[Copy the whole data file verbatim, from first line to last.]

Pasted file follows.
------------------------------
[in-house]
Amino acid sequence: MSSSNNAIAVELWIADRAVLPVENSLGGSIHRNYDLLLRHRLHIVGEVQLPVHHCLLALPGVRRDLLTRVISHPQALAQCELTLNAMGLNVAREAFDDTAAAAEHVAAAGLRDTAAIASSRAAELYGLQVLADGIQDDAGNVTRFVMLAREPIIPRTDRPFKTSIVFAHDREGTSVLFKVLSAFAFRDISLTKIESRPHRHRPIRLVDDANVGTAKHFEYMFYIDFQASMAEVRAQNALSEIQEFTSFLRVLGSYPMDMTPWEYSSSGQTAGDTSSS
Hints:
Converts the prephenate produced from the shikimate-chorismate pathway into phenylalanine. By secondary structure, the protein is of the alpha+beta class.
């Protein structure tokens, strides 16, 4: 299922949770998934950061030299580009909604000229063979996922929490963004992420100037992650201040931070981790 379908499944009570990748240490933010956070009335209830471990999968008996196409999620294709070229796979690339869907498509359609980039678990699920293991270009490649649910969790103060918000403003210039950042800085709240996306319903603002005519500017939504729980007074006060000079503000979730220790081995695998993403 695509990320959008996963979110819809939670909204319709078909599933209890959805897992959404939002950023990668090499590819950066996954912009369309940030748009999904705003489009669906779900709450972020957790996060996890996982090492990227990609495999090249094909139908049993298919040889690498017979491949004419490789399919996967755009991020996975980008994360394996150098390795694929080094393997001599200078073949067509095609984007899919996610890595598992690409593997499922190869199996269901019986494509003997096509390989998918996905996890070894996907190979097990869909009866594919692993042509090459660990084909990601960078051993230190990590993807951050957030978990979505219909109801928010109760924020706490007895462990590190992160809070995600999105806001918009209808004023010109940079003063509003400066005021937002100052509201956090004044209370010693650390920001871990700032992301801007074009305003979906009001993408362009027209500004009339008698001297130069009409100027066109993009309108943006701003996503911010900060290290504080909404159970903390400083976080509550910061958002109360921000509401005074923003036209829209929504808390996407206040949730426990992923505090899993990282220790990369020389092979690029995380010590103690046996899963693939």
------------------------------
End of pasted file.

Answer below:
[in-house]
Amino acid sequence: MSSSNNAIAVELWIADRAVLPVENSLGGSIHRNYDLLLRHRLHIVGEVQLPVHHCLLALPGVRRDLLTRVISHPQALAQCELTLNAMGLNVAREAFDDTAAAAEHVAAAGLRDTAAIASSRAAELYGLQVLADGIQDDAGNVTRFVMLAREPIIPRTDRPFKTSIVFAHDREGTSVLFKVLSAFAFRDISLTKIESRPHRHRPIRLVDDANVGTAKHFEYMFYIDFQASMAEVRAQNALSEIQEFTSFLRVLGSYPMDMTPWEYSSSGQTAGDTSSS
Hints:
Converts the prephenate produced from the shikimate-chorismate pathway into phenylalanine. By secondary structure, the protein is of the alpha+beta class.
């Protein structure tokens, strides 16, 4: 299922949770998934950061030299580009909604000229063979996922929490963004992420100037992650201040931070981790 379908499944009570990748240490933010956070009335209830471990999968008996196409999620294709070229796979690339869907498509359609980039678990699920293991270009490649649910969790103060918000403003210039950042800085709240996306319903603002005519500017939504729980007074006060000079503000979730220790081995695998993403 695509990320959008996963979110819809939670909204319709078909599933209890959805897992959404939002950023990668090499590819950066996954912009369309940030748009999904705003489009669906779900709450972020957790996060996890996982090492990227990609495999090249094909139908049993298919040889690498017979491949004419490789399919996967755009991020996975980008994360394996150098390795694929080094393997001599200078073949067509095609984007899919996610890595598992690409593997499922190869199996269901019986494509003997096509390989998918996905996890070894996907190979097990869909009866594919692993042509090459660990084909990601960078051993230190990590993807951050957030978990979505219909109801928010109760924020706490007895462990590190992160809070995600999105806001918009209808004023010109940079003063509003400066005021937002100052509201956090004044209370010693650390920001871990700032992301801007074009305003979906009001993408362009027209500004009339008698001297130069009409100027066109993009309108943006701003996503911010900060290290504080909404159970903390400083976080509550910061958002109360921000509401005074923003036209829209929504808390996407206040949730426990992923505090899993990282220790990369020389092979690029995380010590103690046996899963693939």